Having been to Venice 30 years ago I wondered whether it would have the same impact as it did back then. It did! Just the fact that it is so different, the water, the canals, sets it aside. There is also a lot of talk about how Venice is dirty and smells. Also not true, in so much as it is no different to any other city in that respect. Of course there are parts that need a bit of attention, but in a city built on a lagoon with little or no dry land sometimes there are no choices.
We arrived by train at Venezia Santa Lucia station, walk out and it doesn’t take long to get to the first canal. For us it was a matter of just wandering, we did not follow maps, deciding just to get lost and figure out where we were later. We followed the canals, over bridges, through narrow alley ways, just enjoying the uniqueness of it all. There are no roads here, all of the daily transport is by boats of all shapes and sizes. Of course for the tourists there are the Gondolas, and lots of them, ready to ferry you down the waterways – for a price – they are not cheap.
We eventually decided we should look for some landmarks. The major drawcard was St Marks Square and St Marks Basilica. A huge Piazza with the Basilica at one end, standing magnificently with its beautiful mosaics set in golden backgrounds, sculputures, and cupolas. Close by is the campanile of St Marks, a tower 99 meters tall crowned by a spire. Made of a solid brick framework it is the cities tallest building and offers superb views on a clear day. To the right of the Basilica is Torre dell’Orologio, a clock tower built between 1496 and 1506. Doge’s Palace, once the Venetian political and judicial hub is also in the square.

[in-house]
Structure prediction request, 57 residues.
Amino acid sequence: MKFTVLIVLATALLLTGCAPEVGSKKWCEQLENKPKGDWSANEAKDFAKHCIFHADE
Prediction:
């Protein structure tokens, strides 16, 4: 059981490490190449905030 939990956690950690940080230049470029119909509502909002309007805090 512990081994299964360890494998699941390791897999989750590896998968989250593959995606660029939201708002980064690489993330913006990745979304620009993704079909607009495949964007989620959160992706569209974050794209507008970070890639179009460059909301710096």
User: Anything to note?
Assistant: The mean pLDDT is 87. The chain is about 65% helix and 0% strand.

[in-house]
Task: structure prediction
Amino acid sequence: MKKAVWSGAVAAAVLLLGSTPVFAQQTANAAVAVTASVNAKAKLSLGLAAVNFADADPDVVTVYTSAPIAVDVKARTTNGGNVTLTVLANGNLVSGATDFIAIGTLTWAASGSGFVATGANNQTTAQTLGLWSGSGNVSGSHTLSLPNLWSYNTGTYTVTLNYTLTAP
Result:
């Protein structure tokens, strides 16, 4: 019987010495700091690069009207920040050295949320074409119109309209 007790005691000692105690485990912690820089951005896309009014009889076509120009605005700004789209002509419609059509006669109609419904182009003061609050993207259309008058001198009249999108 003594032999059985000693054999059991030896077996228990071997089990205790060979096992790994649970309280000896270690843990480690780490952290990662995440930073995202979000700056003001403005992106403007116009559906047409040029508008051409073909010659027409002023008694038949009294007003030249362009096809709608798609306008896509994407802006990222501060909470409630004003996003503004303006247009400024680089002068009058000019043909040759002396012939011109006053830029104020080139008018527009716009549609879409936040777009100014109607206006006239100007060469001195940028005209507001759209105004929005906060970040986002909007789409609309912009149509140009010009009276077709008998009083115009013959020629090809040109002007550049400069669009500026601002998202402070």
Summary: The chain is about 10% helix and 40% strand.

With very tired feet we stopped for coffee at a small cafe. Whilst it may have been the most expensive coffee in Italy, it was well worth the expense to sit down and soak up the atmosphere and enjoy some wonderful Venetian hospitality. Off to the Rialto Bridge, the oldest bridge that crosses the grand canal, unfortunately under renovation, but able to be walked across just none of those iconic photos. Meandering back to the train station we took the opportunity to look in some of the many mask shops. Typically worn during the Carnival of Venice, these masks have such ornate designs, lots of complex glittery decorations, pity they were too delicate for the suitcase.
Of course there is so much more to see and experience, but we were grateful to be able to spend the time we did in our short visit to Venice.